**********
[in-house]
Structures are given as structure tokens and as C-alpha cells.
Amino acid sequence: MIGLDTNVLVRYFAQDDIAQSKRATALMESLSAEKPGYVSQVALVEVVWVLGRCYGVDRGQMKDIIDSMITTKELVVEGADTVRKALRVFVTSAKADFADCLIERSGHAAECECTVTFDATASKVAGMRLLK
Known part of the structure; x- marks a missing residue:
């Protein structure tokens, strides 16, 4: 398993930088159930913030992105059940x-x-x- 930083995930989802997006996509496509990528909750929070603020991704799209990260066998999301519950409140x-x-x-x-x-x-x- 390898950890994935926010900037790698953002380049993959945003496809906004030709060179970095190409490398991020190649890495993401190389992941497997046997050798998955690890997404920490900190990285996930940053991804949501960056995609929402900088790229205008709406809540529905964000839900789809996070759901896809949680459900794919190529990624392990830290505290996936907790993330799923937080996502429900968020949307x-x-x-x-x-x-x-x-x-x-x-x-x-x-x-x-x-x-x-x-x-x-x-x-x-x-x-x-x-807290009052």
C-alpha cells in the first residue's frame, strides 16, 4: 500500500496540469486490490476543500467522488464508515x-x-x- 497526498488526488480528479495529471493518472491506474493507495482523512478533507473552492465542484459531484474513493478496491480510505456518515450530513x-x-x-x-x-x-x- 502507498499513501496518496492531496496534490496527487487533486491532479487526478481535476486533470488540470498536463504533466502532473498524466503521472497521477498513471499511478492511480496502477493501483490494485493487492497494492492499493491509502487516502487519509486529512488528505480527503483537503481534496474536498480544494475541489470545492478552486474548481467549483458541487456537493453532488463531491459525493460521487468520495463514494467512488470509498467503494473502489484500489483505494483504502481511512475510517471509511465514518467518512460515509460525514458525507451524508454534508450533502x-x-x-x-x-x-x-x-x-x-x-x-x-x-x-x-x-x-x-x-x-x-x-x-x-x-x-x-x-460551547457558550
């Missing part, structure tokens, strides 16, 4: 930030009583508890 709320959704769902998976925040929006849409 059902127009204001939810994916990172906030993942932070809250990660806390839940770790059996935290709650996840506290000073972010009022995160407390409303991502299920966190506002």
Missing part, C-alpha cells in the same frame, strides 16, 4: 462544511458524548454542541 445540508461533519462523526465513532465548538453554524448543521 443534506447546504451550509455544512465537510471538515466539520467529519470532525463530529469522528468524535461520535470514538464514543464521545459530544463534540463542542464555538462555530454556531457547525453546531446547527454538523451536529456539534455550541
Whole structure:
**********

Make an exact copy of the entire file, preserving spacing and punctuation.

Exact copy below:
[in-house]
Structures are given as structure tokens and as C-alpha cells.
Amino acid sequence: MIGLDTNVLVRYFAQDDIAQSKRATALMESLSAEKPGYVSQVALVEVVWVLGRCYGVDRGQMKDIIDSMITTKELVVEGADTVRKALRVFVTSAKADFADCLIERSGHAAECECTVTFDATASKVAGMRLLK
Known part of the structure; x- marks a missing residue:
């Protein structure tokens, strides 16, 4: 398993930088159930913030992105059940x-x-x- 930083995930989802997006996509496509990528909750929070603020991704799209990260066998999301519950409140x-x-x-x-x-x-x- 390898950890994935926010900037790698953002380049993959945003496809906004030709060179970095190409490398991020190649890495993401190389992941497997046997050798998955690890997404920490900190990285996930940053991804949501960056995609929402900088790229205008709406809540529905964000839900789809996070759901896809949680459900794919190529990624392990830290505290996936907790993330799923937080996502429900968020949307x-x-x-x-x-x-x-x-x-x-x-x-x-x-x-x-x-x-x-x-x-x-x-x-x-x-x-x-x-807290009052």
C-alpha cells in the first residue's frame, strides 16, 4: 500500500496540469486490490476543500467522488464508515x-x-x- 497526498488526488480528479495529471493518472491506474493507495482523512478533507473552492465542484459531484474513493478496491480510505456518515450530513x-x-x-x-x-x-x- 502507498499513501496518496492531496496534490496527487487533486491532479487526478481535476486533470488540470498536463504533466502532473498524466503521472497521477498513471499511478492511480496502477493501483490494485493487492497494492492499493491509502487516502487519509486529512488528505480527503483537503481534496474536498480544494475541489470545492478552486474548481467549483458541487456537493453532488463531491459525493460521487468520495463514494467512488470509498467503494473502489484500489483505494483504502481511512475510517471509511465514518467518512460515509460525514458525507451524508454534508450533502x-x-x-x-x-x-x-x-x-x-x-x-x-x-x-x-x-x-x-x-x-x-x-x-x-x-x-x-x-460551547457558550
């Missing part, structure tokens, strides 16, 4: 930030009583508890 709320959704769902998976925040929006849409 059902127009204001939810994916990172906030993942932070809250990660806390839940770790059996935290709650996840506290000073972010009022995160407390409303991502299920966190506002």
Missing part, C-alpha cells in the same frame, strides 16, 4: 462544511458524548454542541 445540508461533519462523526465513532465548538453554524448543521 443534506447546504451550509455544512465537510471538515466539520467529519470532525463530529469522528468524535461520535470514538464514543464521545459530544463534540463542542464555538462555530454556531457547525453546531446547527454538523451536529456539534455550541
Whole structure: